The International Criminal Court (ICC) in The Hague rejected on Tuesday the request of prosecutor Fatou Bensouda to investigate alleged Israeli war crimes. However, the decision was based on procedural grounds and left open the option for a revised submission.
The court said the request did not meet its requirements for consideration because of its length, but said Bensouda could file a new request if she meets the specifications, according to Ynet.
Bensouda’s request covered about 120 pages and the judges noted that even though she asked for permission to file a longer-than-usual brief, 110 pages would be the limit.
The court ruling was a setback for the prosecutor, who hoped to gain its backing by March 20. Such quibbling over an extra 10 pages likely indicates the ICC will not mind if the process stretches out, as The Jerusalem Post observed on Tuesday.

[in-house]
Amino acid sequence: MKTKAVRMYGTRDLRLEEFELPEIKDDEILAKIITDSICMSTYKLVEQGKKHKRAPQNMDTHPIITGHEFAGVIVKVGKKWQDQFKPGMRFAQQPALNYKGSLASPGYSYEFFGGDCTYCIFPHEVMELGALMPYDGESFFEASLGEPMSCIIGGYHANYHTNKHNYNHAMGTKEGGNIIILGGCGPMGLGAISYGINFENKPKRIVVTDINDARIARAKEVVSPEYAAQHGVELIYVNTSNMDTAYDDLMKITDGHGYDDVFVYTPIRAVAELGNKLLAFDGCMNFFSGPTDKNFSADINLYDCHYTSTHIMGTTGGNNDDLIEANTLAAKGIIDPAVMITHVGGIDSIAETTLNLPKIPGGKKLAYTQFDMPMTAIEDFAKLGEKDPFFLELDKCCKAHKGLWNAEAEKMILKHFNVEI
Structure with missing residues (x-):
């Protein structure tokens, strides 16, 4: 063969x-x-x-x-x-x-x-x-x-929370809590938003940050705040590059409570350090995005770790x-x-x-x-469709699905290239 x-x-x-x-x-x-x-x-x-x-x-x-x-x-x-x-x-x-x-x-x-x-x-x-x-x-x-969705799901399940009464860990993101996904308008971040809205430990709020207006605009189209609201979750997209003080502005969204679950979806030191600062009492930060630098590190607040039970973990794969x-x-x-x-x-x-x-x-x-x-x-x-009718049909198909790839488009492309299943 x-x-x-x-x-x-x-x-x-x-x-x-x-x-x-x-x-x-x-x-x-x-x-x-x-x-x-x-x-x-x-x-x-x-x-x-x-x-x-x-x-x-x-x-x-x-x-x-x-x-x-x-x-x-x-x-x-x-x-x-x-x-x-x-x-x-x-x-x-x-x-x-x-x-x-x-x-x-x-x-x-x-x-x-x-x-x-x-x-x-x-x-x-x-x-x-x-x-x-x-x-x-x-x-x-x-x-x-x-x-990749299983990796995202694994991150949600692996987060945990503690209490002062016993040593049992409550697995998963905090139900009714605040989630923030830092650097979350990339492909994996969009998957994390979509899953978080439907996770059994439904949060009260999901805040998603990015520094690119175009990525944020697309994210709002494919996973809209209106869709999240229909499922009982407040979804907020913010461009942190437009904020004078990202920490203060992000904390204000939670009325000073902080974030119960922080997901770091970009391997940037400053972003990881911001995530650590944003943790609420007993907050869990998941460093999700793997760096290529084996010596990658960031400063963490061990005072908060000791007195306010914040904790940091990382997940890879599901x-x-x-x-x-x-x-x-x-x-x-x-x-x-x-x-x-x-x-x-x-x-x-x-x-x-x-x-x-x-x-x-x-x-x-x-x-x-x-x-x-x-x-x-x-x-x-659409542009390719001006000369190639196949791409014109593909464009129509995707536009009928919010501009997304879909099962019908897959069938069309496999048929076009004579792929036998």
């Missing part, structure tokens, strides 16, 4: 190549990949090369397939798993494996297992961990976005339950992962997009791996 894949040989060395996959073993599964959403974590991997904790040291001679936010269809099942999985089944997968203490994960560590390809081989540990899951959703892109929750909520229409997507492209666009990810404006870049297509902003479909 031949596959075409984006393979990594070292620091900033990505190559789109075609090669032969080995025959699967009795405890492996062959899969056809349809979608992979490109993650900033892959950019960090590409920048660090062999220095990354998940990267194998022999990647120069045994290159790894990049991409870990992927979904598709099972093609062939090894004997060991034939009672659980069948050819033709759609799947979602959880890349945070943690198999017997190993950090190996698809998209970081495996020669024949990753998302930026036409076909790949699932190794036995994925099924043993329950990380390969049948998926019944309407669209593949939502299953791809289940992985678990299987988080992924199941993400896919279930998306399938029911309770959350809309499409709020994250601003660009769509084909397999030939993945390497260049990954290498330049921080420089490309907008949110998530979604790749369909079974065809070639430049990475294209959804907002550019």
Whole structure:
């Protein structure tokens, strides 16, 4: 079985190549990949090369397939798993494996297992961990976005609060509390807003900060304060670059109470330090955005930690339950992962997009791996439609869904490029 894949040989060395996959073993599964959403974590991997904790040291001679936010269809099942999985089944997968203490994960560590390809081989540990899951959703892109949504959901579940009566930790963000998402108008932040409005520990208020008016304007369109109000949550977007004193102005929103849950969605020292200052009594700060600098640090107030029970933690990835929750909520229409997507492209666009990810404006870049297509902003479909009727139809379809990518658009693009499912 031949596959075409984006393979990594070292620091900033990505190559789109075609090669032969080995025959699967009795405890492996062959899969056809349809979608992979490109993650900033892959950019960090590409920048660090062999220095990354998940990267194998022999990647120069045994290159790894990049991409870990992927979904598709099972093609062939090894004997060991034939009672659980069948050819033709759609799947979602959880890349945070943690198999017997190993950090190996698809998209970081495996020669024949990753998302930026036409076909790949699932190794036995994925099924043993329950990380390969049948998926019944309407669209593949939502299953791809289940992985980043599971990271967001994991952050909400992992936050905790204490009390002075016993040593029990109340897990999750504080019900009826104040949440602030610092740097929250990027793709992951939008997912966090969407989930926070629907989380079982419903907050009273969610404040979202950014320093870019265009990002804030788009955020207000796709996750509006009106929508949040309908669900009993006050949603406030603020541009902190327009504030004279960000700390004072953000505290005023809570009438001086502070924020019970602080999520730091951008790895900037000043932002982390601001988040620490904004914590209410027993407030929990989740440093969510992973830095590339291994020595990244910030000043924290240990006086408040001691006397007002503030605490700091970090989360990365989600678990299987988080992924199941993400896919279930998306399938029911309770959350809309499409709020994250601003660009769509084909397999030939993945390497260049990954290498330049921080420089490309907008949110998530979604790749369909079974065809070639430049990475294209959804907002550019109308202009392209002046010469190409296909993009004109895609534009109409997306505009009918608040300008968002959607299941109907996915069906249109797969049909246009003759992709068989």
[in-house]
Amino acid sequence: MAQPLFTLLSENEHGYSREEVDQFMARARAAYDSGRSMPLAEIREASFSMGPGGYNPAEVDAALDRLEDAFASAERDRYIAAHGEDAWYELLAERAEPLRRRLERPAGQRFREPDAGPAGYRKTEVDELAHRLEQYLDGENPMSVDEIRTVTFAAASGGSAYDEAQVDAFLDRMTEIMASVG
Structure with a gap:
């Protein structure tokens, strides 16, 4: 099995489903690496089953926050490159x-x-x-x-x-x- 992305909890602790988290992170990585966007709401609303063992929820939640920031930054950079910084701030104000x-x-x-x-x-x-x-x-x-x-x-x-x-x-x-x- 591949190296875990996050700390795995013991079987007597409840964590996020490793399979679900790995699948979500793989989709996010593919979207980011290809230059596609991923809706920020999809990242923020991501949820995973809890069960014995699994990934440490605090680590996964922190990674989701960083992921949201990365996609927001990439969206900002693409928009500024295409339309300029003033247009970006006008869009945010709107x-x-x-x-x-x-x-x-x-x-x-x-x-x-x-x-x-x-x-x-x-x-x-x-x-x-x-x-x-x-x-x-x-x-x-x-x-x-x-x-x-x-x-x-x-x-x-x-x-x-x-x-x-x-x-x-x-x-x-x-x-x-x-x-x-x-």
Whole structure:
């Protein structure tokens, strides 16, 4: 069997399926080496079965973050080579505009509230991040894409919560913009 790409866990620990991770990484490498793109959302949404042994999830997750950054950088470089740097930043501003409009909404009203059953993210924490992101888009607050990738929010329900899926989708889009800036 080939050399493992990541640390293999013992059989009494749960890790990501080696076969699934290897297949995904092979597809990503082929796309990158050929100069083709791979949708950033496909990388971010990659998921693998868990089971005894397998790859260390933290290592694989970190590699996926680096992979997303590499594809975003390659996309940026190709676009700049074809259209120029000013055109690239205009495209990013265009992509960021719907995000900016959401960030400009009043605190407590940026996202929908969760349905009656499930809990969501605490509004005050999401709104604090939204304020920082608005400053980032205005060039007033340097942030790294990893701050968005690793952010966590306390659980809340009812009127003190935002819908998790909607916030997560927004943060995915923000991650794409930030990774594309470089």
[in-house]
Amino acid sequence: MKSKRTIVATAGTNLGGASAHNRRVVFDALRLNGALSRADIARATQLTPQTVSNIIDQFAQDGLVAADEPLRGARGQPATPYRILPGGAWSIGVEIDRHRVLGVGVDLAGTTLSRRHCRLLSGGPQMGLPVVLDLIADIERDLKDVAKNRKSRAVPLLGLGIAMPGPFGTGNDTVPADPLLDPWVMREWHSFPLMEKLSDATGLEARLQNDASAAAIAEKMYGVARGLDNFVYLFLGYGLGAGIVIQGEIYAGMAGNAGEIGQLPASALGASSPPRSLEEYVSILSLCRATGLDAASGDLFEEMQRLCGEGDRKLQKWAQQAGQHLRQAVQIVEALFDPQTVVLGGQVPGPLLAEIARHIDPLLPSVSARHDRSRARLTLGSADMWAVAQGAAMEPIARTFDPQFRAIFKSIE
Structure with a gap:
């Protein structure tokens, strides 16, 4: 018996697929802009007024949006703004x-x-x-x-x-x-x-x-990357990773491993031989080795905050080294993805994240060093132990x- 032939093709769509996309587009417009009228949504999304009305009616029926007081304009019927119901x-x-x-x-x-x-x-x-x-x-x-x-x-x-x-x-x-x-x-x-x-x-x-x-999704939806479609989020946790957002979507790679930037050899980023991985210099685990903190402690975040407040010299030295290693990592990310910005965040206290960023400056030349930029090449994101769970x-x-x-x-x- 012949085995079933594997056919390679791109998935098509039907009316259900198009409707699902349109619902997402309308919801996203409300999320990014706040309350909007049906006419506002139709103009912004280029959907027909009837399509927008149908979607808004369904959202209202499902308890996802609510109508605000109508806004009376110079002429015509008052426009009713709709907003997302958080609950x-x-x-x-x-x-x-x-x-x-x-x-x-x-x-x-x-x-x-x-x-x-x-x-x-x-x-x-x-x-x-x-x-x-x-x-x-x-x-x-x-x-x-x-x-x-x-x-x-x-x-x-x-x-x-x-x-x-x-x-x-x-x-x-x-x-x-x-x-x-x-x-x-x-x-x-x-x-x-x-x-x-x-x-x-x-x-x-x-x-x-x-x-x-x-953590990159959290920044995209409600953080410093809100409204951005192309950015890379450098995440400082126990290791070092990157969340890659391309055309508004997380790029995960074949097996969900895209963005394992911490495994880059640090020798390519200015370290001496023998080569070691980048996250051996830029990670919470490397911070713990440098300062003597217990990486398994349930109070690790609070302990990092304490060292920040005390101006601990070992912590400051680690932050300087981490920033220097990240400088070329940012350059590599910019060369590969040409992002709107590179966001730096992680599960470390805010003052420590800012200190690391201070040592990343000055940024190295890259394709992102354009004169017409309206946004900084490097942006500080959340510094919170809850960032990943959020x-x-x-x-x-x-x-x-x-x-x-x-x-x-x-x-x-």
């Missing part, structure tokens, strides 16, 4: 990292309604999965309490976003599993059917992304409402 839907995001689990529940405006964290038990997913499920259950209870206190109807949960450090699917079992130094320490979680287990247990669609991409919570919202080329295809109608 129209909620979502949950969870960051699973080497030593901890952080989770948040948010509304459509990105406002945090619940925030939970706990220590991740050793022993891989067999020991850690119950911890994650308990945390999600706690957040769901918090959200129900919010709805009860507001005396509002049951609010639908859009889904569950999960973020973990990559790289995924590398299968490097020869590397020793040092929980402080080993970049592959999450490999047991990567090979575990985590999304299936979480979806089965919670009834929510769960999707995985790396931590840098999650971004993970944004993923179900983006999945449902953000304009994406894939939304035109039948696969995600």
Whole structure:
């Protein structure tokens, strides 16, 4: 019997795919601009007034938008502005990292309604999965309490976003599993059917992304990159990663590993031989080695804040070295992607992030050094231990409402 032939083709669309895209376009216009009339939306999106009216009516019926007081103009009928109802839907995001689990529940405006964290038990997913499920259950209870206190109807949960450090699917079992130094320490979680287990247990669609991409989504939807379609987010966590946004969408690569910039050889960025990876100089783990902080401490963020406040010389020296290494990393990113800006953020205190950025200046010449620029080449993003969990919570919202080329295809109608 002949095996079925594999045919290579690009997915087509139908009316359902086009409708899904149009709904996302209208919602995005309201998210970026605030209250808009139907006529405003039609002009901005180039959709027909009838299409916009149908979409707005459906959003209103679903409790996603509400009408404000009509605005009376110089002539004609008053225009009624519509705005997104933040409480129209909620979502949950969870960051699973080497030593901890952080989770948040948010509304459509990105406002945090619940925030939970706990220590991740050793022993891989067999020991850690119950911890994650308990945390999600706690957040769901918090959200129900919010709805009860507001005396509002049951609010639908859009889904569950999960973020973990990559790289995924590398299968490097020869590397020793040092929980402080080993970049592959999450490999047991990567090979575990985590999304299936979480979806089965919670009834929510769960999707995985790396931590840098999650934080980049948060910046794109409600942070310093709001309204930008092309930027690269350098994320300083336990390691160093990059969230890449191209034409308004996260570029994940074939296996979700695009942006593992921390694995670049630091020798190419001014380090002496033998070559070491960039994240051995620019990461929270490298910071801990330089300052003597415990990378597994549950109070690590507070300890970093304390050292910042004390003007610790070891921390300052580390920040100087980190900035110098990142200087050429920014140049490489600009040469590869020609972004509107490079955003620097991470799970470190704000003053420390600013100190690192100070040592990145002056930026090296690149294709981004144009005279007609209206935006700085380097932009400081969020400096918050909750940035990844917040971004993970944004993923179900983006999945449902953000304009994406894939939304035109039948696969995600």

Bensouda announced on December 20, “I am satisfied that there is a reasonable basis to proceed with an investigation into the situation in Palestine” — without specifying who was suspected of the alleged crimes, as the ICC concluded its preliminary review of the matter.
She added that before opening the probe she would ask the Hague-based tribunal to rule on the territory over which it has jurisdiction, as Israel is not a signatory to the Rome Statute — the founding charter of the court.
Palestinian entities cannot initiate any proceedings in the ICC, the opinion goes on to point out, as that can only be done by sovereign states — and they do not meet the criteria of sovereignty.